Questions for JFNA Leadership as the 2018 GA Ends in Israel

Israeli Prime Minister Benjamin Netanyahu in conversation with outgoing JFNA Board Chair Richard V. Sandler; screencapture JFNA Facebook page.

By An American GA Attendee

While many esteemed individuals were part of the GA and it included several articulate, inspiring speakers, the 2018 event at-large left more questions than answers, some of which left a sense of tremendous pessimism for JFNA as an efficient organization.

An example of questions for the JFNA leadership:

This past summer, around 100,000 Israelis flooded the streets of Israel to protest anti-LGBT policies. Why did JFNA fail to ask questions during the GA “dialogue” to the Prime Minister or the Speaker of the Knesset regarding an issue of shared interest to individuals across all represented communities? Wouldn’t an issue that impacts thousands of families trying to raise Jewish children be more important than having a dialogue about the Prime Minister’s attendance at the Hamilton play in NYC?

At an event held at the Knesset, off to the side sat a philanthropist whose initiatives have helped hundreds of thousands of children throughout North America. He has made one of the most significant contributions to Jewish life in North America in the 21st century and could easily be a role model for all in attendance. Why does JFNA need to be so elitist as to largely ignore showcasing and acknowledging some of the most heroic Jewish philanthropists in the community just because they may not be Federation-centric? This is one example of many of how JFNA is embodied as a deeply elitist organization.

Non-Orthodox Jewish individuals do not have the flexibility to have Jewish marriage and raise Jewish children as they wish. If the mission of the GA was “Let’s Talk,” why wasn’t there enough courage to have an open and honest dialogue created with Speaker of the Knesset Yuli Edelstein or Prime Minister Netanyahu to discuss the massive religious schisms that exist in Israel.

Israel President Reuven Rivlin sent a letter this summer to Knesset members urging them to revise a bill aimed at enshrining Israel’s Jewish character in law, saying that the measure “could harm the Jewish people, Jews throughout the world and the State of Israel.” Wouldn’t it have been valuable to better understand how Israeli policy leaders seek to bridge the details of the gap between the Prime Minister’s policies and the President’s disagreements on such a significant piece of legislation? Wouldn’t it have been better to delve into specifics and not sound-bites or generalities?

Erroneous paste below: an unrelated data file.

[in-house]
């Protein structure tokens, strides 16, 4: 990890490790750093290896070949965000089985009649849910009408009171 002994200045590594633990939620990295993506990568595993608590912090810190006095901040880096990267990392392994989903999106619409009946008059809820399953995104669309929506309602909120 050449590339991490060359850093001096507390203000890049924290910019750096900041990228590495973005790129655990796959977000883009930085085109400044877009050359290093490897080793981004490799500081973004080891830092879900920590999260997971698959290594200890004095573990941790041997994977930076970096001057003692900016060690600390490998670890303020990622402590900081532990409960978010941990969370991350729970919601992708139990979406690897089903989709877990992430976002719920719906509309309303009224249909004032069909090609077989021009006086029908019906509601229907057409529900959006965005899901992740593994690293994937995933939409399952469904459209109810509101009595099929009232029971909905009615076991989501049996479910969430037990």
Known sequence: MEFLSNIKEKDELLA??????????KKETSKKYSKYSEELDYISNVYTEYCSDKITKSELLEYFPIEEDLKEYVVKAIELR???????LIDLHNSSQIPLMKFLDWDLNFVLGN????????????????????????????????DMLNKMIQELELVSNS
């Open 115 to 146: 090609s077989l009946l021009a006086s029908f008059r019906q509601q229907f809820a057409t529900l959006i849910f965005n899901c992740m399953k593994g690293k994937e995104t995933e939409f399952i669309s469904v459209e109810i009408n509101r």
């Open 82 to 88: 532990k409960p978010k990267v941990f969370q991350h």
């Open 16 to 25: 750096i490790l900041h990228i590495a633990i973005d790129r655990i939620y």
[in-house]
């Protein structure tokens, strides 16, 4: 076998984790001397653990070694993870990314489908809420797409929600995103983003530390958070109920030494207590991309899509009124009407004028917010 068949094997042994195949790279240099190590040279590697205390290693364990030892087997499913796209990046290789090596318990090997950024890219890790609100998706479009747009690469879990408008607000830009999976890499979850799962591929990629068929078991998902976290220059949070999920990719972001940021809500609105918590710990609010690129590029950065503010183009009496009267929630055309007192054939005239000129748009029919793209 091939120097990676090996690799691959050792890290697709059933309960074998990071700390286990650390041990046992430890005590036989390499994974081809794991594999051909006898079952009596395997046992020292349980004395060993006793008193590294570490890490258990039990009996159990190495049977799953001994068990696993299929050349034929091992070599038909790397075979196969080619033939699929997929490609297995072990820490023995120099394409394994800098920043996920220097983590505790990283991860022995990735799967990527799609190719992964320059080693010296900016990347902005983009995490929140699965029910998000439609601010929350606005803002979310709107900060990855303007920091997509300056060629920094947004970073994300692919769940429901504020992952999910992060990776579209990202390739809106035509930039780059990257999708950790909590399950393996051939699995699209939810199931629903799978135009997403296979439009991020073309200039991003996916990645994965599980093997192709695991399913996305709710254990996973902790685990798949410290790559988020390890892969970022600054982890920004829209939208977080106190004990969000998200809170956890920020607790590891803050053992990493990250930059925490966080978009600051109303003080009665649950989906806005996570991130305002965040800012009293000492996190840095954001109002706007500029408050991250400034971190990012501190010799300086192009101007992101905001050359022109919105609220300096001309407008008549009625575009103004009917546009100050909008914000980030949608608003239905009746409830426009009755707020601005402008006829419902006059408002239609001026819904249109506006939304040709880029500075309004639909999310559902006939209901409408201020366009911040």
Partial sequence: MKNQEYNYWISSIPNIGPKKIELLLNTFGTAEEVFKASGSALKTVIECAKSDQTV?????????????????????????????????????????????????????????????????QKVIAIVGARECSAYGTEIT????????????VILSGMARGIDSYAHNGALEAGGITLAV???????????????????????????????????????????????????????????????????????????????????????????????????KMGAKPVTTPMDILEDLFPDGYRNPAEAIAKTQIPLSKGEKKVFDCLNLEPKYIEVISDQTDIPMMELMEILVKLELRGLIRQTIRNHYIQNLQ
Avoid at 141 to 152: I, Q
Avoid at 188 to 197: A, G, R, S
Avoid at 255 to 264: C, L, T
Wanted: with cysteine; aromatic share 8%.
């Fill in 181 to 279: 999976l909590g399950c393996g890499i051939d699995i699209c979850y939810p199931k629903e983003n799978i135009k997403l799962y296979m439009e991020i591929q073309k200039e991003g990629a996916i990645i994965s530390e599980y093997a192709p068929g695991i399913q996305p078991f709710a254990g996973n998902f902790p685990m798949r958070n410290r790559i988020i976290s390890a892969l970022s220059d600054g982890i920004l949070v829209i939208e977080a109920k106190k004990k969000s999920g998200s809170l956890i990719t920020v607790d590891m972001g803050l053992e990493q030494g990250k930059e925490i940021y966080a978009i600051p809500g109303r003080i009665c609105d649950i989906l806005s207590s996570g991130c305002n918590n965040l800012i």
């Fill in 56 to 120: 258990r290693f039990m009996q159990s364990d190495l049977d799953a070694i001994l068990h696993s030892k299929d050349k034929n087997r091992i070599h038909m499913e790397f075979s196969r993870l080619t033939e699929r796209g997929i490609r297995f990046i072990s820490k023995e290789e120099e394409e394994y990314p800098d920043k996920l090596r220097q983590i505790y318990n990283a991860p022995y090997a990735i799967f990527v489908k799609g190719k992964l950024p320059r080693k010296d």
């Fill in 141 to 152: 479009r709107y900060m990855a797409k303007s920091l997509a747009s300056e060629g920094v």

The North American young adult population seems to have been represented by just about a dozen or so members of the Jewish Federation’s Young Leadership Cabinet. How could the two most significant leaders of the Jewish Federation of North American exclaim so often about the success of this year’s GA when so few young adult leaders of the Jewish community attended the event and when practically no young adults in the Israeli philanthropic community were represented? Practically no time on the plenary was granted discuss the tremendous challenges facing Noth American Jewish leadership in the 21-45 age cohort.

How can JFNA stay relevant with no clear and compelling call to action, which fails to seek serious answer to serious questions, and which is not able to spur creative engagement that reaches the next generation of Jewish leadership in Canada, Israel and the United States?

Also – Would JFNA be willing to be transparent about the cost of the GA (some have speculated close to $20 million) and how JFNA measures the results for such a costly undertaking? How can such a cost be justified when so many vulnerable Jewish individuals are in need.